Inside No. 9 S7E6: Wise Owl

by thethreepennyguignol

Wise Owl is certainly an interesting point to leave this season on.

In some ways, I think, it’s a pretty good reflection of the first episode of the series, Merrily, Merrily: that invocation of nostalgia, of the ways time can cloud memory, of the urge to preserve things we love and loose. Except this particular episode does it with a whole heap more horror and a bunch of badly-taxidermied animals to boot.

From the off, this episode has the same sort of discomforting aura as something like Don’t Hug Me I’m Scared: the invocation of childhood media stylings designed to draw you into a sense of safety before shattering it with deliberate cruelty and abject darkness. And God, it’s so effective: Reece Shearsmith is the star of the show here, the diminutive Ronnie, son of the creator of a collection of safety videos for children under the guise of the cartoon character Wise Owl, floating around his dad’s house like a ghost as he tries to come to terms with the tragic loss of his sister as a child.

I’ll be honest, Wise Owl hits a lot of stuff in my small brain that makes my stomach feel like it’s curdling: childhood cartoons turned into foreboding horror, child sexual abuse, suicide. There’s also a lot of the duo’s textbook black comedy here, from an absurdly horrible stuffed rabbit to a sodden Shearsmith trudging down the stairs after being interrupted in the middle of a suicide attempt. In terms of tone, it’s hard to think of a more quintessential Inside No. 9 episode than this. It also, in a bizarre twist of television, features an almost exact replica of a peeled cat ready for taxidermy-ing that I saw once in a natural history museum as a childhood before promptly fainting in absolute terror into my dad’s arms, so, you know, points for specificity.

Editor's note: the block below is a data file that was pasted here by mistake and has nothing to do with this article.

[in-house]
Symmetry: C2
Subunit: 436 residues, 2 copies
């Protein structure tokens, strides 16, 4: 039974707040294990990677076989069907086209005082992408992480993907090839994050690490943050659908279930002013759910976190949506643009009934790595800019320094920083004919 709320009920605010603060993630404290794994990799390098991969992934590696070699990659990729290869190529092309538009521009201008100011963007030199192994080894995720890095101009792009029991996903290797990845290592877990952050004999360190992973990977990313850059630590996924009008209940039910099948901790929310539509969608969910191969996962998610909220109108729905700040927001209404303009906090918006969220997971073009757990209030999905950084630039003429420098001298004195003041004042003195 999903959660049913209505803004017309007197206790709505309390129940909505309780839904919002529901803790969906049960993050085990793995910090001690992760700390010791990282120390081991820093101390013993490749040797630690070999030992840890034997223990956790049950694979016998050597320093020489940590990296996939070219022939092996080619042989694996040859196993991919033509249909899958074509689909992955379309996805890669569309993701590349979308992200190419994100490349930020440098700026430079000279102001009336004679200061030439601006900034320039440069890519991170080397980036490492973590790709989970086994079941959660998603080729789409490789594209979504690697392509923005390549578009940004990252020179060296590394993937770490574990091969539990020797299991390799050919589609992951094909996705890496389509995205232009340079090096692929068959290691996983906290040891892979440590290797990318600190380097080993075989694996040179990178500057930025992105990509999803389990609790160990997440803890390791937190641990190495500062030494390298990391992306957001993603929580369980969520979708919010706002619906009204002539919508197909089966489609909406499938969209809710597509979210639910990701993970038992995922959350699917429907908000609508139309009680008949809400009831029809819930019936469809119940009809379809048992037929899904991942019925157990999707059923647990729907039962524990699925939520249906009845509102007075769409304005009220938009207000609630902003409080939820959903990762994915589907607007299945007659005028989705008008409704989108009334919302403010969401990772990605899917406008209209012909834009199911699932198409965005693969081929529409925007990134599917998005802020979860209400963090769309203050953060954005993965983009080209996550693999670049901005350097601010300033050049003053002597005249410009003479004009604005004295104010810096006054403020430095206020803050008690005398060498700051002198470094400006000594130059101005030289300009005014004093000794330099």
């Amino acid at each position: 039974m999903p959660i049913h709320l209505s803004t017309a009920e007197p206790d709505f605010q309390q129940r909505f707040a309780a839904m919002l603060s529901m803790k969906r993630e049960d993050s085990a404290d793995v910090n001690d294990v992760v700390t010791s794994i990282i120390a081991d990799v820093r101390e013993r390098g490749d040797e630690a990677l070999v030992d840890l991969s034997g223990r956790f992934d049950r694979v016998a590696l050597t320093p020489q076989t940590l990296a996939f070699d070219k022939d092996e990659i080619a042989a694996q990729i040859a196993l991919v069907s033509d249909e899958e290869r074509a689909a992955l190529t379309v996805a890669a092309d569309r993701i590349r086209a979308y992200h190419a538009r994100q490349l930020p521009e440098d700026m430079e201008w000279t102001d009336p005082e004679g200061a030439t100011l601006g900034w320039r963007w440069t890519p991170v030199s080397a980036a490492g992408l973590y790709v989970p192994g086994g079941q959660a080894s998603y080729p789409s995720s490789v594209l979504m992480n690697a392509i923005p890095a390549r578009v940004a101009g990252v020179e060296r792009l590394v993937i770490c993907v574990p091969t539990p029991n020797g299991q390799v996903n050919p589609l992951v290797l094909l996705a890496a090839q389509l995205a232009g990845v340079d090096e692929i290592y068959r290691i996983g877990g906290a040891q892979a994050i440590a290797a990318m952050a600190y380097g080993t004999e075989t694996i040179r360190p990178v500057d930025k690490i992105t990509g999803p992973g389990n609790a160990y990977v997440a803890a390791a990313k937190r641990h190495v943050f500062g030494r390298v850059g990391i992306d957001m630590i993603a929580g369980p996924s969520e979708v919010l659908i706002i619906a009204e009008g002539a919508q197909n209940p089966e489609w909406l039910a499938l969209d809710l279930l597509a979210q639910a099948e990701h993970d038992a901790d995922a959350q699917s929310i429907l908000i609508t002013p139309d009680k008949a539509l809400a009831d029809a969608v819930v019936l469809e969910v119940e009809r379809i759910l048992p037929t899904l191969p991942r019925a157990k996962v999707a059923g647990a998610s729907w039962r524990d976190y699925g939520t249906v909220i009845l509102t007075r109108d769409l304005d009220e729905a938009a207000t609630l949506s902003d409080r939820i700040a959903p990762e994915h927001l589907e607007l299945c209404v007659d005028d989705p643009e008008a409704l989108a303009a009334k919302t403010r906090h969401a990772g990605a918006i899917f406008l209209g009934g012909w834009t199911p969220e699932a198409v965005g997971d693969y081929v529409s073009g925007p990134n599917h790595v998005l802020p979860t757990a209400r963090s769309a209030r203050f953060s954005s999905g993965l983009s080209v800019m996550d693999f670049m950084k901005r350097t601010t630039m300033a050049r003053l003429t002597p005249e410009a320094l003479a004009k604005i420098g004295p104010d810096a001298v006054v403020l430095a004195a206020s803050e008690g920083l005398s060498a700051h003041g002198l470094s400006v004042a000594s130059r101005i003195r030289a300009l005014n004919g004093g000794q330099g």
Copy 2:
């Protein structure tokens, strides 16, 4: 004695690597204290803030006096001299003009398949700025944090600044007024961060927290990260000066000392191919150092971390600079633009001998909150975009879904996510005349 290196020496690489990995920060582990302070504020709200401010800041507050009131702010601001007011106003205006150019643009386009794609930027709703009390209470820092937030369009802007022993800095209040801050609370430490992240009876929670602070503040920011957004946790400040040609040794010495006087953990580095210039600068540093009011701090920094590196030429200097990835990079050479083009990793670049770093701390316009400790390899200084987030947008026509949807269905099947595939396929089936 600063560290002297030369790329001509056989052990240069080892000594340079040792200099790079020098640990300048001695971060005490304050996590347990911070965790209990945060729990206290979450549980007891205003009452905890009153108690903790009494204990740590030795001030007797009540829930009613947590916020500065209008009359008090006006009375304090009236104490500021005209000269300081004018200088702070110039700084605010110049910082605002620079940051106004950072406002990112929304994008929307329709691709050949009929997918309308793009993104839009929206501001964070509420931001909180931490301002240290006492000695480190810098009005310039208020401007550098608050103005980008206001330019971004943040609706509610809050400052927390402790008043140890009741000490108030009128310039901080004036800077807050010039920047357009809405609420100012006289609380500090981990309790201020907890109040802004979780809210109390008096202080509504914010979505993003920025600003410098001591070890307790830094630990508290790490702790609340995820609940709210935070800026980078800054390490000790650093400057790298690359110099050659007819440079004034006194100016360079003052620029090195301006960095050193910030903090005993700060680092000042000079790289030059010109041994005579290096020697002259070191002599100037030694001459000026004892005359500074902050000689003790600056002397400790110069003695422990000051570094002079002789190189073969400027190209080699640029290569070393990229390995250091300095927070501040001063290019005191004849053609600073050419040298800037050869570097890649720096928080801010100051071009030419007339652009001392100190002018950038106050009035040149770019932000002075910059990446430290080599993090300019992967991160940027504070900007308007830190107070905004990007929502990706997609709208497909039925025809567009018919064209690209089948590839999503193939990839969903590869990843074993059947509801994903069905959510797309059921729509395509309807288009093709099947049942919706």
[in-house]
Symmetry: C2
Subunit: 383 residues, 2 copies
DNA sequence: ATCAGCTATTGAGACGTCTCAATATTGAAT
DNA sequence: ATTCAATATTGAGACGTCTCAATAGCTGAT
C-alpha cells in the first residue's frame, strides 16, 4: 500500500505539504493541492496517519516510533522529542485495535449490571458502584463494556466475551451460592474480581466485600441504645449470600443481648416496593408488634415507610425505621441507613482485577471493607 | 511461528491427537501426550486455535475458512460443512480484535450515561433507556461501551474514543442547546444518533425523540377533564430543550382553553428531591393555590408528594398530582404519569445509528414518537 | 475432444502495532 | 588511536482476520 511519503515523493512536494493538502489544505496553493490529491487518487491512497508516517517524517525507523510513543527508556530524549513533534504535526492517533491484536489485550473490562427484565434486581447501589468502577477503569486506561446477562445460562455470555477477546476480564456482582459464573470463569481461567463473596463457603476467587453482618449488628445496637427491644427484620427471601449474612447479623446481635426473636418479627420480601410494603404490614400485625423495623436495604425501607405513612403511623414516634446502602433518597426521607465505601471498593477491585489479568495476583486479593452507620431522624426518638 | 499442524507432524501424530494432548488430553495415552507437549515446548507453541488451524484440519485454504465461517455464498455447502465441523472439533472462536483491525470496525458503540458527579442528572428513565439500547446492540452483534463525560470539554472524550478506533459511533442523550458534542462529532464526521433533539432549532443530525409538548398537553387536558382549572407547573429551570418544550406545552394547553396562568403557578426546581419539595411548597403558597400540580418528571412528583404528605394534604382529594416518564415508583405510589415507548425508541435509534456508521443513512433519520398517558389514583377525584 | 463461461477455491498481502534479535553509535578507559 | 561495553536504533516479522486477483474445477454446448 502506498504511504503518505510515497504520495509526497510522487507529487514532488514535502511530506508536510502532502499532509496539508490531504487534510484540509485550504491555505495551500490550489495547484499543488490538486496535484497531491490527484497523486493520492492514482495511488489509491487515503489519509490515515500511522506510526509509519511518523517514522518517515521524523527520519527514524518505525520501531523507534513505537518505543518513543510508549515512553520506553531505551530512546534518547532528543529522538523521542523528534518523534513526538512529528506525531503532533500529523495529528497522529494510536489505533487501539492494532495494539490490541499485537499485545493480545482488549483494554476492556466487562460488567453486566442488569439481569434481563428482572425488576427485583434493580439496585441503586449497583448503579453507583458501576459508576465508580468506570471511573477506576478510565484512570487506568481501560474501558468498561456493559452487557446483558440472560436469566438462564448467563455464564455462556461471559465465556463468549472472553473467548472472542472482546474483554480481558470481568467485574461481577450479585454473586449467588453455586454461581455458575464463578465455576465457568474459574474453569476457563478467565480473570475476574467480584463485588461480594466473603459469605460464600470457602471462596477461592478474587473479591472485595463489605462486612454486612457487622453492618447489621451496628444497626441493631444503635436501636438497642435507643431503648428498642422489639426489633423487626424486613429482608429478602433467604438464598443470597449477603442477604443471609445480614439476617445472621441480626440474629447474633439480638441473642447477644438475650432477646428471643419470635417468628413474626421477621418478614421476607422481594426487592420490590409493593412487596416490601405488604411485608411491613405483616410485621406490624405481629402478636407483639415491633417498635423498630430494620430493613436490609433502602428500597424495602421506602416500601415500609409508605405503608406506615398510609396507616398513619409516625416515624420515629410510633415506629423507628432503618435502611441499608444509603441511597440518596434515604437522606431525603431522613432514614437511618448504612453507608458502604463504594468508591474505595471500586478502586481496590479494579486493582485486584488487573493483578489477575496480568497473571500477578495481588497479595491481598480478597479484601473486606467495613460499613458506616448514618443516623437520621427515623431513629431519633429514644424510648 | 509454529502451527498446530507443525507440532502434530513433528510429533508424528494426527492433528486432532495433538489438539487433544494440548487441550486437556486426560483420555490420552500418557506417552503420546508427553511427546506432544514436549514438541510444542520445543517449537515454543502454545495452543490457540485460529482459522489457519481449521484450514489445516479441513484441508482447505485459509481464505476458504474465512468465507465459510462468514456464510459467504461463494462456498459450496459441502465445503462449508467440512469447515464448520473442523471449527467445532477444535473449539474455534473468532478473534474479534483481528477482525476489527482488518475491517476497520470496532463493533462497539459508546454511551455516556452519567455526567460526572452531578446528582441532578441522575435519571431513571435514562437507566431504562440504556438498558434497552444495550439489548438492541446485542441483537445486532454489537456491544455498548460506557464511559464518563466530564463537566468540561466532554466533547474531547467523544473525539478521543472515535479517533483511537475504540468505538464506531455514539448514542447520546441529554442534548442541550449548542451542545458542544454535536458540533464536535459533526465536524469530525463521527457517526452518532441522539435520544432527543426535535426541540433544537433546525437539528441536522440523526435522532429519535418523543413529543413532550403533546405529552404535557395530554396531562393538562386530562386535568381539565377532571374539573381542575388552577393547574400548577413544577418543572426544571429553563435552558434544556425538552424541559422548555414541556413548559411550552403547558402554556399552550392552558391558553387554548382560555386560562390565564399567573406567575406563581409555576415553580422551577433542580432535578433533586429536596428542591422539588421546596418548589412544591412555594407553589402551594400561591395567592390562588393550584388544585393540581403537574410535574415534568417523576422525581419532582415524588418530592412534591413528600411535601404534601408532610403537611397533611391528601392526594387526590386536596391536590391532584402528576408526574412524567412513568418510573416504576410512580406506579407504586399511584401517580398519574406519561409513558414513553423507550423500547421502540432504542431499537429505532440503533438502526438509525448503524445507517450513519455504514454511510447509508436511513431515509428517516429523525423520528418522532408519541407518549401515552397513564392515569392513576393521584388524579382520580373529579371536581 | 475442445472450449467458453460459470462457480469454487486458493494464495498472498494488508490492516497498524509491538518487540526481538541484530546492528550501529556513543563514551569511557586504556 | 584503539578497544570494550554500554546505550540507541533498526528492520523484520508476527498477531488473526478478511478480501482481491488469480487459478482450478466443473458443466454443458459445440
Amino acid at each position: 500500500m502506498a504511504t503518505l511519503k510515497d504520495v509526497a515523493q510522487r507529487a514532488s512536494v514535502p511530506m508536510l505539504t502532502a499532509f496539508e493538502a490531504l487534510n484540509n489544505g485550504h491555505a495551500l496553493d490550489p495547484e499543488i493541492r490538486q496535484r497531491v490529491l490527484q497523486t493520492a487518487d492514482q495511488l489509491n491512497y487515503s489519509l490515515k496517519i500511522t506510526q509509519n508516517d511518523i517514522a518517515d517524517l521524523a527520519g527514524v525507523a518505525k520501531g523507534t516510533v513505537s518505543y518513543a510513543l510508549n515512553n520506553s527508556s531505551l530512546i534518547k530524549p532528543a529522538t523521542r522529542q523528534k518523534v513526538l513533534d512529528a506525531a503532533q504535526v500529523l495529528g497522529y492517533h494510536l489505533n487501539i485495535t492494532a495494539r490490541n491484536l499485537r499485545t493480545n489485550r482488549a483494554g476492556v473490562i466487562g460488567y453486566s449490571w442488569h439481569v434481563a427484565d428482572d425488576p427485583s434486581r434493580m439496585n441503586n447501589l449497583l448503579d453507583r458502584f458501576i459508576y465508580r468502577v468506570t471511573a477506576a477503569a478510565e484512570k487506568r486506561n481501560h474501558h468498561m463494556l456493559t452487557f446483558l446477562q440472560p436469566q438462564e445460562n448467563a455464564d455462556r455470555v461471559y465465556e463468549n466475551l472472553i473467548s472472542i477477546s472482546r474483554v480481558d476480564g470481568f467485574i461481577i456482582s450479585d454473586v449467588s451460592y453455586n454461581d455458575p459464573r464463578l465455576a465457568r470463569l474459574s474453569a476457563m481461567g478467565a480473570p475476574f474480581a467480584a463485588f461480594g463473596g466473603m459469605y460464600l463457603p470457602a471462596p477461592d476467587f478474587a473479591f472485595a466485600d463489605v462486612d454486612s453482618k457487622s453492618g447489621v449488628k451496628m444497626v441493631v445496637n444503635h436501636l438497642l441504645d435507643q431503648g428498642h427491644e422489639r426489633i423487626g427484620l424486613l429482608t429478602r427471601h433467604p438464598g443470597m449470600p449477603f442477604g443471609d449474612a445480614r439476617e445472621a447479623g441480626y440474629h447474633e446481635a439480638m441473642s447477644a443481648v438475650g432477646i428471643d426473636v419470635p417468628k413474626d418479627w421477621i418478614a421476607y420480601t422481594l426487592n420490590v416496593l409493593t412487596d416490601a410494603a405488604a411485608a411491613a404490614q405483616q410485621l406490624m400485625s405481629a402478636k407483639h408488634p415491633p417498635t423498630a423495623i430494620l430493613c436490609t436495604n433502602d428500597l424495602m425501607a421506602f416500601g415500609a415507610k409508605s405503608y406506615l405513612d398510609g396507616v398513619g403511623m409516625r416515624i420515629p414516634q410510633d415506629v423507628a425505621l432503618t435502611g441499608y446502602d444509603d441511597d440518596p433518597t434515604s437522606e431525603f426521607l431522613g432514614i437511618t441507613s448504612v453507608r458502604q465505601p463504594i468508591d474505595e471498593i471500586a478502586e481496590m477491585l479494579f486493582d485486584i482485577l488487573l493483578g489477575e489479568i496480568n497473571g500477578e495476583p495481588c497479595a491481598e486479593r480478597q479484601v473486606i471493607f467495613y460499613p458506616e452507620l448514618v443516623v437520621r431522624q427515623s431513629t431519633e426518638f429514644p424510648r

But more than just stepping directly into my living room to make my night worse, this episode is a masterful balance of the truth and the fiction we use to cope with it. Using the lens of nostalgia, it approaches one specific tragedy from various perspectives: Ronnie navigates the death of his sister, for which he was blamed, through increasingly twisted renditions of the Wise Owl animations (beautifully realized by Sam O’Leary) his father created, blurring the lines between fiction and reality in much the same way that his father’s rendition of the accident has forced Ronnie to do.

After his father arrives back on the scene, the actual truth of the matter starts to become clearer – as well as the fictions Ronnie’s father has told himself about his treatment of his children to cope with what he did to them. There’s no sympathy for this man, but there is a fascinating probe into how he’s spun his actions to turn them into something he can live with – it reminds me a lot of the tremendous British horror movie Possum, which is nothing but a compliment because that film is up there with the very best of them. To see a survivor of abuse and a perpetrator spinning their own stories in an attempt to cope with what they’ve done and what they’ve endured makes for a really great bit of narrative tension, and a satisfying one that closes out with Ronnie finally refusing to obscure the truth any longer. Throw in a quick cameo from Steve Pemberton as a father looking to hide the death of his daughter’s rabbit from her, and you’ve got a whole episode cleverly exploring the stories parents and children come up with to make it through family life.

Wise Owl is a very dark but not entirely downbeat episode to end the series on, and it feels like a perfect bookend when compared with the equally-excellent season opener, Merrily, Merrily. It’s a reminder of the tone-juggling and media literacy that makes Inside No. 9 so eminently watchable, and it’s a pretty brilliant promise of another season to come, if they can keep creating at this level next year, too.

Thank you so much for joining me on this little reviewing journey! I really writing love these reviews because the Inside No. 9 community has always been so welcoming and thoughtful in their responses and comments, and I’m already looking forward to doing it all again next year.

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(header image via BBC)